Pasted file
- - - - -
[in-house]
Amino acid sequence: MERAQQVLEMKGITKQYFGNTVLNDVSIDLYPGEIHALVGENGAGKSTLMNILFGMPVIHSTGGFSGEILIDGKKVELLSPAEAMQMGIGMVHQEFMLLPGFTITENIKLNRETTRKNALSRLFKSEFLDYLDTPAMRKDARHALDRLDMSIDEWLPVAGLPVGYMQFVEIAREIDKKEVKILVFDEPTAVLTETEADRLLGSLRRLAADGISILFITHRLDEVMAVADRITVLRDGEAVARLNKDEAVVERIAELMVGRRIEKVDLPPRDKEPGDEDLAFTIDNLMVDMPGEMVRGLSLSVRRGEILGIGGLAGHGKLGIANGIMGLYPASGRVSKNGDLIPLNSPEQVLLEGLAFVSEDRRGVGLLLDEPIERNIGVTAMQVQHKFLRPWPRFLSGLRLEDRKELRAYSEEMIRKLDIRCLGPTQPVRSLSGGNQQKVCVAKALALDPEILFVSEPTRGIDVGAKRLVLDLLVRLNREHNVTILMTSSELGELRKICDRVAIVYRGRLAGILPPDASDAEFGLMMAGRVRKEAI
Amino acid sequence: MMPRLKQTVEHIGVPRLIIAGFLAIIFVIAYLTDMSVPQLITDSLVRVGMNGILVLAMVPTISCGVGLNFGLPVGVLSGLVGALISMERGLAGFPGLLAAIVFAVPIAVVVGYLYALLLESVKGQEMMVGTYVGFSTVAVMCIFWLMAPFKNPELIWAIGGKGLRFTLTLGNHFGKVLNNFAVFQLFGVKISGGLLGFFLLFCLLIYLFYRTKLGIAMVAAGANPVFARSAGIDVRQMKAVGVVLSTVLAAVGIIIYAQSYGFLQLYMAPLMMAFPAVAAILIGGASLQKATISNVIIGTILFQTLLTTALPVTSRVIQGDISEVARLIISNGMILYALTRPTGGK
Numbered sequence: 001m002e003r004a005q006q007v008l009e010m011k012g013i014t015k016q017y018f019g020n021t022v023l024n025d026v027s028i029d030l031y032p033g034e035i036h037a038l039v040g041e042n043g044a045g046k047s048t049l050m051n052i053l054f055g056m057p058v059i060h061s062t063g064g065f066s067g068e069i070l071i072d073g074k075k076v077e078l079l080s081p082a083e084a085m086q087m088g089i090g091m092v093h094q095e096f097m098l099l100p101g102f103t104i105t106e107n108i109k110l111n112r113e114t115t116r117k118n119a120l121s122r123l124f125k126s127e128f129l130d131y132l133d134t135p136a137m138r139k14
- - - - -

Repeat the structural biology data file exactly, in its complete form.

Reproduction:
[in-house]
Amino acid sequence: MERAQQVLEMKGITKQYFGNTVLNDVSIDLYPGEIHALVGENGAGKSTLMNILFGMPVIHSTGGFSGEILIDGKKVELLSPAEAMQMGIGMVHQEFMLLPGFTITENIKLNRETTRKNALSRLFKSEFLDYLDTPAMRKDARHALDRLDMSIDEWLPVAGLPVGYMQFVEIAREIDKKEVKILVFDEPTAVLTETEADRLLGSLRRLAADGISILFITHRLDEVMAVADRITVLRDGEAVARLNKDEAVVERIAELMVGRRIEKVDLPPRDKEPGDEDLAFTIDNLMVDMPGEMVRGLSLSVRRGEILGIGGLAGHGKLGIANGIMGLYPASGRVSKNGDLIPLNSPEQVLLEGLAFVSEDRRGVGLLLDEPIERNIGVTAMQVQHKFLRPWPRFLSGLRLEDRKELRAYSEEMIRKLDIRCLGPTQPVRSLSGGNQQKVCVAKALALDPEILFVSEPTRGIDVGAKRLVLDLLVRLNREHNVTILMTSSELGELRKICDRVAIVYRGRLAGILPPDASDAEFGLMMAGRVRKEAI
Amino acid sequence: MMPRLKQTVEHIGVPRLIIAGFLAIIFVIAYLTDMSVPQLITDSLVRVGMNGILVLAMVPTISCGVGLNFGLPVGVLSGLVGALISMERGLAGFPGLLAAIVFAVPIAVVVGYLYALLLESVKGQEMMVGTYVGFSTVAVMCIFWLMAPFKNPELIWAIGGKGLRFTLTLGNHFGKVLNNFAVFQLFGVKISGGLLGFFLLFCLLIYLFYRTKLGIAMVAAGANPVFARSAGIDVRQMKAVGVVLSTVLAAVGIIIYAQSYGFLQLYMAPLMMAFPAVAAILIGGASLQKATISNVIIGTILFQTLLTTALPVTSRVIQGDISEVARLIISNGMILYALTRPTGGK
Numbered sequence: 001m002e003r004a005q006q007v008l009e010m011k012g013i014t015k016q017y018f019g020n021t022v023l024n025d026v027s028i029d030l031y032p033g034e035i036h037a038l039v040g041e042n043g044a045g046k047s048t049l050m051n052i053l054f055g056m057p058v059i060h061s062t063g064g065f066s067g068e069i070l071i072d073g074k075k076v077e078l079l080s081p082a083e084a085m086q087m088g089i090g091m092v093h094q095e096f097m098l099l100p101g102f103t104i105t106e107n108i109k110l111n112r113e114t115t116r117k118n119a120l121s122r123l124f125k126s127e128f129l130d131y132l133d134t135p136a137m138r139k14